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IH Combine Converted To "Pull-Behind" Loader
We've seen a number of loader tractors built from combines over the years, but Dan Crick, Menno, S. Dak., has taken the idea to a new level.

    He rebuilt a 1976 IH 715 combine, attaching the loader off a Versatile 256 bi-directional tractor on front. Several attachments, some of them homemade and all of them interchangeable with another Versatile bi-directional tractor that Crick owns, can be used with the loader.

    The only components he used from the combine were the cab, chassis and axles, and engine.

    What's unique is the rig can quickly be set up to tow behind a pickup or semi trailer, allowing it to be hauled down the road at highway speeds. A hitch made from 8-in. channel iron bolts on back of the combine. The hitch is held in a vertical position until needed and then is extended by a hydraulic cylinder. Once the hitch is hooked up, the cylinder is extended further to lift the combine's rear axle off the ground.

    "The loader pulls like a heavy 2-wheeled trailer behind a semi trailer. I can pull it down the road at 40 mph," says Crick.

    He uses brokers to sell locally-grown hay, most of which goes to Wisconsin. He uses local truckers to haul the hay, which he has weighed at a local elevator to make sure the trucks are loaded with the maximum legal tonnage. He uses the loader to load bales onto the semi trailer. Then he drives the semi trailer to the elevator, towing the loader behind, and uses the loader to adjust the weight of the load, taking a bale or two off as needed. "Without the loader, I'd have to bring the semi trailer all the way back to my farm to adjust the weight," says Crick.

    The loader is also handy around his farm because he can tow it out to the field and use it to load hay without the need for another operator. "The hitch acts as a counterweight to the loader on front. It's like a big bumper on back so if I accidentally back into something it won't damage the loader."

    He bought the combine used from a neighbor for $1,000. "It's a 2-WD model with a German diesel engine and a hydrostatic transmission," says Crick. "I replaced the original front wheels with bigger 18.4 by 30 front wheels off a Gleaner combine. The bigger wheels results in a little faster ground speed.

    "I used the Versatile loader because it fits close up against the cab so I have a great view of everything right in front of me. I bought the loader cheap at an auction sale."

    A pair of foot-operated pedals are used to operate the loader. The left pedal is used to raise and lower the loader, while the right one tilts the bucket.

    He uses several homemade, quick-tach attachments with the loader.

    Rock picker: bolts on inside the loader bucket are equipped with four steel spears made from 1 3/4-in. dia. spring steel, which extend inside four larger pipes. A metal lip on front of the mounting frame serves as a "dam" to keep rocks from rolling back out of the bucket.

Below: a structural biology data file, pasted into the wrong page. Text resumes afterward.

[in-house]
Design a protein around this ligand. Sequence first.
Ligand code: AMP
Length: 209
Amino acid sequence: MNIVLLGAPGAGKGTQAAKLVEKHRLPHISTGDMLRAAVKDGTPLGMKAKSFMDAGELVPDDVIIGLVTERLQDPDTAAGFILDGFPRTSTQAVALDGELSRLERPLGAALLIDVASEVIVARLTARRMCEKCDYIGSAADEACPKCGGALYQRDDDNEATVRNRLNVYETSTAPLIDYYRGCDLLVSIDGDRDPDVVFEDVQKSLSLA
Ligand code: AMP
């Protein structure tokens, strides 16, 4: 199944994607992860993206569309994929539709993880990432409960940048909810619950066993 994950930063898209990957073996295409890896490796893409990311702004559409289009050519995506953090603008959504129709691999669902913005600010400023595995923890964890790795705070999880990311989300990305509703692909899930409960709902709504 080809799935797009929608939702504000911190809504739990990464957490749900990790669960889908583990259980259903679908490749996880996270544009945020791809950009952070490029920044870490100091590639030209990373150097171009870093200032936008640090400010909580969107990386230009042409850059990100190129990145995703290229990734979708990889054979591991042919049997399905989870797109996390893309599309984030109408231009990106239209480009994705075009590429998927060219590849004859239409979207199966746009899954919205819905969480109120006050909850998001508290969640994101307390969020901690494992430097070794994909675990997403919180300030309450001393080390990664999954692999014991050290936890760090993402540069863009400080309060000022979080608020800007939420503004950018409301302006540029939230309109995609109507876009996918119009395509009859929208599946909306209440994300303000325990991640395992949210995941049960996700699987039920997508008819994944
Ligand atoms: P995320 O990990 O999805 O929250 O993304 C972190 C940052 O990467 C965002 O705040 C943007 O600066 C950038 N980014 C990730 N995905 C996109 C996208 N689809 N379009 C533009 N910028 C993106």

"It's a simple idea but it'll outpick any rock picker I know of," says Crick. "There's no need to dig out around the rock at all. I tilt the spears at an angle and slide them under the rock as I drive forward. Once the rock is on top of the spears I bounce the loader bucket up and down a couple of times to shake off the dirt, and then tilt the bucket up until the rock rolls in. It can handle big rocks, too. I just point the teeth down under the rock and then lift the bucket to pop it out. It'll even dig out rocks in frozen ground."

    Ditch digging spade: Made from 1/2-in. thick plate, it's 5 1/2- ft. long with an 18-in. wide, rounded bottom. A pair of metal wheels keep the spade level and are also used to control digging depth by changing the position of a pair of bolts.

    "I use the spade to remove silt from drainage ditches. It also works great for installing electric wire under the ground because I can dig sod out without going too deep. Once the wire is laid in I use the spade to put the sod back," says Crick.

    Bale fork: can handle up to three big square bales or a single round bale. The frame is made from 2 by 4 rectangular tubing and has four teeth across the the bottom for big square bales. A single spear bolts on above it to handle round bales.

Backhoe: fits onto the loader frame.

Spray boom: bolts onto the bale forks and is equipped with a 25-gal. tank. "Because it's loader-mounted I can reach over the top of a fence and spray weeds or trees and brush," says Crick.

Contact: FARM SHOW Followup, Dan Crick, 28862 433rd Ave., Menno, S. Dak. 57045 (ph 605 387-5460 or 605 661-5460; crickds@gwtc.net).

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2009 - Volume #33, Issue #6